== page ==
What is a forensic nurse?
What is a Forensic Nurse?
They help investigate crimes, they are also trained in medical evidence which is systematically reviewing, appraising and using clinical research to aid in delivery of clinical care. The job is detail oriented, most of their time is spent in hospital emergency rooms, helping find signs of foul play. They also testify in court as an expert medical witness.
What Does the Job Require?
- Degree level: Postgraduate certificate or mater's degree.
- Degree Field: Forensic Nursing
- License and Certification: A state issued license is required, voluntary certifications are available but not required.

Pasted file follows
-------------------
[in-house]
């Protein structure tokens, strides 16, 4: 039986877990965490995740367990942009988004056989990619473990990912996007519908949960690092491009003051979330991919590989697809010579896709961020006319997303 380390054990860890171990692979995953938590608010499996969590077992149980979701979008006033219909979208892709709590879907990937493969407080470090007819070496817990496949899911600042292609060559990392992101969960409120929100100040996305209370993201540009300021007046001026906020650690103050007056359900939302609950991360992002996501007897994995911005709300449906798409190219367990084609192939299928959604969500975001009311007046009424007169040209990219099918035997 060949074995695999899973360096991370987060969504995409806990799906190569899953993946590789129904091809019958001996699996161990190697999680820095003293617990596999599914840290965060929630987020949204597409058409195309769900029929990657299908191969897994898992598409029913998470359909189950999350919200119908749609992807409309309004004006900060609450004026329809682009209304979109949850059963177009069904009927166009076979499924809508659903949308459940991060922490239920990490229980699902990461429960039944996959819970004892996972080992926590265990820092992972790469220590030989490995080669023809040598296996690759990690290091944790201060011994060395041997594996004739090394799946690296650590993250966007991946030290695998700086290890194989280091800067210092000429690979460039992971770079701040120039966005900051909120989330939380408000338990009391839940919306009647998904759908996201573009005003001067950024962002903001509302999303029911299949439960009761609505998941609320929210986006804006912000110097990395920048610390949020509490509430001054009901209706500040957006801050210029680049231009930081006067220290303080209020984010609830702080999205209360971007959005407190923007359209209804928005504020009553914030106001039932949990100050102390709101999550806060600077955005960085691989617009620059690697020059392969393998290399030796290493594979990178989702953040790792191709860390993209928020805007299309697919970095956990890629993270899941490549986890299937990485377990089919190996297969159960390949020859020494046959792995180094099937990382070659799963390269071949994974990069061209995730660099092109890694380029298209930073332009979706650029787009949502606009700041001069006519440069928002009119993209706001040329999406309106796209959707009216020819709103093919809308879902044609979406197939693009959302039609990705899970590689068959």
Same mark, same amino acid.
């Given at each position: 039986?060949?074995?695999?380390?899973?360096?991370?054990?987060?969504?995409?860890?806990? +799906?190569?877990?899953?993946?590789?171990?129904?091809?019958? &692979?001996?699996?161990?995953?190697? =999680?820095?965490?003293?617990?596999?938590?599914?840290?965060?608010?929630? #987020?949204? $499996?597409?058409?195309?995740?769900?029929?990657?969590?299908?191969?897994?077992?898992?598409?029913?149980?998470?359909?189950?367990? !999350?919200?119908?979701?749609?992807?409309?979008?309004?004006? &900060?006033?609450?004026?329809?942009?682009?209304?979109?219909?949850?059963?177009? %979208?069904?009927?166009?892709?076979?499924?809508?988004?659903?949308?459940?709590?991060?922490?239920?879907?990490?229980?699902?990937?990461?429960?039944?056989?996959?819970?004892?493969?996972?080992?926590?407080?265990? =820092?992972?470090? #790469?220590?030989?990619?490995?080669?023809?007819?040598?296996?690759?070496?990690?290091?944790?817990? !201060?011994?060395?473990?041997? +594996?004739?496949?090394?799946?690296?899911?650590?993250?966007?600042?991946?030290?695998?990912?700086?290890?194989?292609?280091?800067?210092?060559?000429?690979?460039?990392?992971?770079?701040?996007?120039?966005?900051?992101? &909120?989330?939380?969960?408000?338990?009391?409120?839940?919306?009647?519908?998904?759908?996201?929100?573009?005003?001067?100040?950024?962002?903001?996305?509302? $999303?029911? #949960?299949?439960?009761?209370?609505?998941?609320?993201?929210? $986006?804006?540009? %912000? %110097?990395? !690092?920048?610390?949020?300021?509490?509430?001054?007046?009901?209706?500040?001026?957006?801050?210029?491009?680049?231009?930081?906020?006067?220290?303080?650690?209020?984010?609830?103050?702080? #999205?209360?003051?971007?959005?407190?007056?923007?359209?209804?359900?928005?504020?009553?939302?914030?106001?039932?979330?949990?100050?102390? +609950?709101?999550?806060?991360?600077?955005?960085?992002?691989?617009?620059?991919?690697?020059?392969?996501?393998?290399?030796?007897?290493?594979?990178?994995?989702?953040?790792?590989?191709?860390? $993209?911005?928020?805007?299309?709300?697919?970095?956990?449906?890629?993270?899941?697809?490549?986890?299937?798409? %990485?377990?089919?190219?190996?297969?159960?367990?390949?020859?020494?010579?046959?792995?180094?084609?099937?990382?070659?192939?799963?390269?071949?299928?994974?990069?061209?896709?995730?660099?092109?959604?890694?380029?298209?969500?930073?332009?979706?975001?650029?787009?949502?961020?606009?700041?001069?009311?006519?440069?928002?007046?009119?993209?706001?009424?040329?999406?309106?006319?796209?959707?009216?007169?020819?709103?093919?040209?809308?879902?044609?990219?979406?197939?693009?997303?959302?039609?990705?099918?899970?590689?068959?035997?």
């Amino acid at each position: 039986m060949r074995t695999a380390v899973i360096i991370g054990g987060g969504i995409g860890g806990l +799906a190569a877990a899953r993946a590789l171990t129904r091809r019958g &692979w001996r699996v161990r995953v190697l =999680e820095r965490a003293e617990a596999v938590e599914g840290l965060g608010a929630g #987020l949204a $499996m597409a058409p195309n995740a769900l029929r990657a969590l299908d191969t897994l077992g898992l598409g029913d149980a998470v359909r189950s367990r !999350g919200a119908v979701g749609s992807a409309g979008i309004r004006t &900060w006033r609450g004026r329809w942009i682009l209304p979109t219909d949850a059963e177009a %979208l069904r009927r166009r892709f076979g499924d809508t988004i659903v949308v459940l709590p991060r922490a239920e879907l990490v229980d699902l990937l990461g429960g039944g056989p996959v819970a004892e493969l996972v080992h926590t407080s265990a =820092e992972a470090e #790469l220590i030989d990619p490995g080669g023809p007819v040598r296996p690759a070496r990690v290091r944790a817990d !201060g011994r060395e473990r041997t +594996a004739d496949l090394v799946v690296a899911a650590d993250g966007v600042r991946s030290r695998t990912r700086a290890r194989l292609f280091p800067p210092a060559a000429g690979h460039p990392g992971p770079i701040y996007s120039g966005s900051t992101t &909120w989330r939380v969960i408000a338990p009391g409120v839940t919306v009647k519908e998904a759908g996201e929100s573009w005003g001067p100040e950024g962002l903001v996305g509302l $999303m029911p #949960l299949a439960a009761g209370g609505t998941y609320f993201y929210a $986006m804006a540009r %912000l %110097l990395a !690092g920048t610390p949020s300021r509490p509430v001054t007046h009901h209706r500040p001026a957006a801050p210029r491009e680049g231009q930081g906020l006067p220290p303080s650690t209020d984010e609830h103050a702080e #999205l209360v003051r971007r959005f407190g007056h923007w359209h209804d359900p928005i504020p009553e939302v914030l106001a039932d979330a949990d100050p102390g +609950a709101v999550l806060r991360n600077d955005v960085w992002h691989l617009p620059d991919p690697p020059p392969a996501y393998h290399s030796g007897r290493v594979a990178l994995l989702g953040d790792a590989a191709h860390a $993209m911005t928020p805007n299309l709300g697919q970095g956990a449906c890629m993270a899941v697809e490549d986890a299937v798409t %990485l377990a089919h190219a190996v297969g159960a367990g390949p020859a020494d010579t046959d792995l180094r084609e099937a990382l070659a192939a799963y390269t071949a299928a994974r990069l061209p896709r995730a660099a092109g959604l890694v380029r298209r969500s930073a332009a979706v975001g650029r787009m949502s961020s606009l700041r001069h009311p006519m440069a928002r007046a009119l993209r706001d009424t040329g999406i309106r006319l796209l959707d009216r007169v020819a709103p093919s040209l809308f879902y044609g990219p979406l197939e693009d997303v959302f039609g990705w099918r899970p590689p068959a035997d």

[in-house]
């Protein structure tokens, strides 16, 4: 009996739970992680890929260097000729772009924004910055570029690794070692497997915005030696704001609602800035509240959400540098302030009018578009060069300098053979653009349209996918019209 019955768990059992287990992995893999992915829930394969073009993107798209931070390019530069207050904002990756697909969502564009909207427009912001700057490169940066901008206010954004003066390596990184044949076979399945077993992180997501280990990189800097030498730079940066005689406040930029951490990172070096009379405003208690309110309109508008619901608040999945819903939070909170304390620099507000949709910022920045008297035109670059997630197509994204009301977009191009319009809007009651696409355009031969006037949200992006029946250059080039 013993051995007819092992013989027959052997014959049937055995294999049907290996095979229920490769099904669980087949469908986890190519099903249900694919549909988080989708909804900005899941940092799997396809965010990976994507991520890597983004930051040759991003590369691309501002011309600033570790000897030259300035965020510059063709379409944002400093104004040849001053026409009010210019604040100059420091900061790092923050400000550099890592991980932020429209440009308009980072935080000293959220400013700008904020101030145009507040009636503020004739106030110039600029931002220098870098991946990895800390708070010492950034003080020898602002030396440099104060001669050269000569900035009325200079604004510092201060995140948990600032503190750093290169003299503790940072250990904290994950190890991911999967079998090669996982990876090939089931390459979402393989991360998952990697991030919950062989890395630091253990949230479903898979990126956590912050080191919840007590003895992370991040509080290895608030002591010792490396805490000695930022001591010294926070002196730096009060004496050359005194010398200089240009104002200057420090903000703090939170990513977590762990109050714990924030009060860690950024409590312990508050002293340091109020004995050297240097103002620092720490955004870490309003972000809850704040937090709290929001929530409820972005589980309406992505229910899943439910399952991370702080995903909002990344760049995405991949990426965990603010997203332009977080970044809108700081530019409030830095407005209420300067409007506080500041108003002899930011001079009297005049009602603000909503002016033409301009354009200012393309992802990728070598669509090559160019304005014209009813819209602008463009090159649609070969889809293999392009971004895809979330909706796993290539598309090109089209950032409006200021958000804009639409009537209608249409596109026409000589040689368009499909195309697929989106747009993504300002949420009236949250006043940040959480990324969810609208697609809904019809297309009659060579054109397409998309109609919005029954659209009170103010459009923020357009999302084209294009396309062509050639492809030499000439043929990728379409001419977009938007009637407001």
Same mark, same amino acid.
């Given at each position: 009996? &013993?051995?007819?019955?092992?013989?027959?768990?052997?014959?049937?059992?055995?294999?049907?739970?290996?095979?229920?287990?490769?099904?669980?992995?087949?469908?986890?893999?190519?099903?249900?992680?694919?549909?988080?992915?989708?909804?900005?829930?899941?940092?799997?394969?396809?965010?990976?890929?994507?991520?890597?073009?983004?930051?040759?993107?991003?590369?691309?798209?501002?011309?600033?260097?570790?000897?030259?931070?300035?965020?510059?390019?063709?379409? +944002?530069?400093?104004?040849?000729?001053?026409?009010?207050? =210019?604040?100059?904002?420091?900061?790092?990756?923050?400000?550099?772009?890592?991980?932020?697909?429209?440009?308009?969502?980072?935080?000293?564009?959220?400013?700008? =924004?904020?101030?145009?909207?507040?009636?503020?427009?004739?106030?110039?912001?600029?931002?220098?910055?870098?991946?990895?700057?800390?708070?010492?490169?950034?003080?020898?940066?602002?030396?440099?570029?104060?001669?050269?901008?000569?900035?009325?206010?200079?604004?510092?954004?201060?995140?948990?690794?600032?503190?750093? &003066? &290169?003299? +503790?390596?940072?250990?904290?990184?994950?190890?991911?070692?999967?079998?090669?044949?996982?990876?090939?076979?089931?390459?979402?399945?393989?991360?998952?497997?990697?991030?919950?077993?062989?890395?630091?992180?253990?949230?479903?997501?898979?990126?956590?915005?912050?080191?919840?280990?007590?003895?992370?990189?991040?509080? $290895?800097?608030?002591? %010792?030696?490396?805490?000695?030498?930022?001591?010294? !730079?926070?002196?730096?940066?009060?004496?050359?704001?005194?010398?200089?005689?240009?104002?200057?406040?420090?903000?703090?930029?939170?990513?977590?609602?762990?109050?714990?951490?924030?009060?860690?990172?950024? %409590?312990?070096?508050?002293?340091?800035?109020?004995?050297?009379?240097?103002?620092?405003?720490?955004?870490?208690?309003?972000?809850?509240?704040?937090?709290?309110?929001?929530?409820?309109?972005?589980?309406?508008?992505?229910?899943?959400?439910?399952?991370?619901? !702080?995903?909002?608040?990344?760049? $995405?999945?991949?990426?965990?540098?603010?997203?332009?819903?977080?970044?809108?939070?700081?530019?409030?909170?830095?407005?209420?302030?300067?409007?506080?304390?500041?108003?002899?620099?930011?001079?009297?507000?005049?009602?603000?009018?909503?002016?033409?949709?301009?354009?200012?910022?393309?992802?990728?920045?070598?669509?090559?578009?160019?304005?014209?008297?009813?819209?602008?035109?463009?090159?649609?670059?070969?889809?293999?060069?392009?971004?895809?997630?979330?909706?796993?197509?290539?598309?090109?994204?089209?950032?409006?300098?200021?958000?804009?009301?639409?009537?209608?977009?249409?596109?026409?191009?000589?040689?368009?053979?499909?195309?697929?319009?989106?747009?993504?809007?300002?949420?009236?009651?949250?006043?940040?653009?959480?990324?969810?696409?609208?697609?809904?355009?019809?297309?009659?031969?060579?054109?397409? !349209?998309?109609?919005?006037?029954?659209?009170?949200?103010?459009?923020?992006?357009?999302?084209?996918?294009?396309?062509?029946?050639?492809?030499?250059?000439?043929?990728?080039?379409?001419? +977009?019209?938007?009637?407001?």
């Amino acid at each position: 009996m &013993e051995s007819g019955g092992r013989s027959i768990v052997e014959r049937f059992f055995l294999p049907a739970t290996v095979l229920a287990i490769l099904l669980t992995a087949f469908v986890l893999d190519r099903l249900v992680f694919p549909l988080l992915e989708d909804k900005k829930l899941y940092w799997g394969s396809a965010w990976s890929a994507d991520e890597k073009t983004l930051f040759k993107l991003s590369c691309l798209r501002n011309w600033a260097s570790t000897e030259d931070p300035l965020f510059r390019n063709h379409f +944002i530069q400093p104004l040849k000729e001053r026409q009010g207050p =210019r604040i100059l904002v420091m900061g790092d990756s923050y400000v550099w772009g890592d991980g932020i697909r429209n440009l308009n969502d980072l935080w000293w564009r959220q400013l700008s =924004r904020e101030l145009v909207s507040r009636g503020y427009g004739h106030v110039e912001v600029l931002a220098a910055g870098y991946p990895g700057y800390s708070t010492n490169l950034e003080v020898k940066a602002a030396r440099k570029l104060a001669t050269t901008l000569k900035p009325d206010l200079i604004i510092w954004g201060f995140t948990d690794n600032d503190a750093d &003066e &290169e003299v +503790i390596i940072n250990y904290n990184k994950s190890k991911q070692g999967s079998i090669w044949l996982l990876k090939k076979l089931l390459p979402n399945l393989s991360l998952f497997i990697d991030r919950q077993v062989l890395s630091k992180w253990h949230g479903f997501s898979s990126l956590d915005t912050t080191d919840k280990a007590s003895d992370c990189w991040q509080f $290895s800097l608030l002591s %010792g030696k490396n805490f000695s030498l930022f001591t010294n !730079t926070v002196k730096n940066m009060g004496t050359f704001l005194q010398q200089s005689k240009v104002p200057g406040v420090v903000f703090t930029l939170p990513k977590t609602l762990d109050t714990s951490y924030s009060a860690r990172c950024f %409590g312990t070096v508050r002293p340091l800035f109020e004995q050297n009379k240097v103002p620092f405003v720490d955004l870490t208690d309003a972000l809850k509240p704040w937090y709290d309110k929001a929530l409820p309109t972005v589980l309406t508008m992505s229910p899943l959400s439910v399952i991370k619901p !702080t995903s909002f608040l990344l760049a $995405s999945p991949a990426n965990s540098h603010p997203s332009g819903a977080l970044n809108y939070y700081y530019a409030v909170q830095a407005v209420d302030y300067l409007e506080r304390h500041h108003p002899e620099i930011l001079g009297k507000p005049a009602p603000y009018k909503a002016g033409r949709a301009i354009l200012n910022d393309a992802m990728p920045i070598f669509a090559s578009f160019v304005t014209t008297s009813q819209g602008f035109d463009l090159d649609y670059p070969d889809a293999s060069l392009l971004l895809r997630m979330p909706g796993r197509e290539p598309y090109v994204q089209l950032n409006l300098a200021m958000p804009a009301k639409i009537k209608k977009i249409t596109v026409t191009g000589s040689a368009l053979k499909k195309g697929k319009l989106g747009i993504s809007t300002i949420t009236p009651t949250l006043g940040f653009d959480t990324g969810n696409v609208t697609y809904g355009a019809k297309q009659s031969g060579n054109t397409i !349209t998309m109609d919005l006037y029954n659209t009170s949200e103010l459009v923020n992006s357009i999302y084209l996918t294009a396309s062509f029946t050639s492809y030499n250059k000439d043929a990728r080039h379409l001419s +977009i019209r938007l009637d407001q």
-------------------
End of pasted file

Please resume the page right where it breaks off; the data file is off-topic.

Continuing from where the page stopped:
- Skills Needed: Compassion, Critical Thinking Skills, emotional stability, speaking skills, patience, attention to detail, organizational skills.
- More Requirements: Strong knowledge of criminal proceedings, law and forensic science.
$69,790 average annual wage as of may 2014 for registered nurses nationally.
Why is a Forensic Nurse Important?
The Forensic Nurse's position of being a qualified medical professional trained to observe, recognize, collect and appropriately document evidence is the foundation for establishing the legal causation and responsibility for traumatic injury.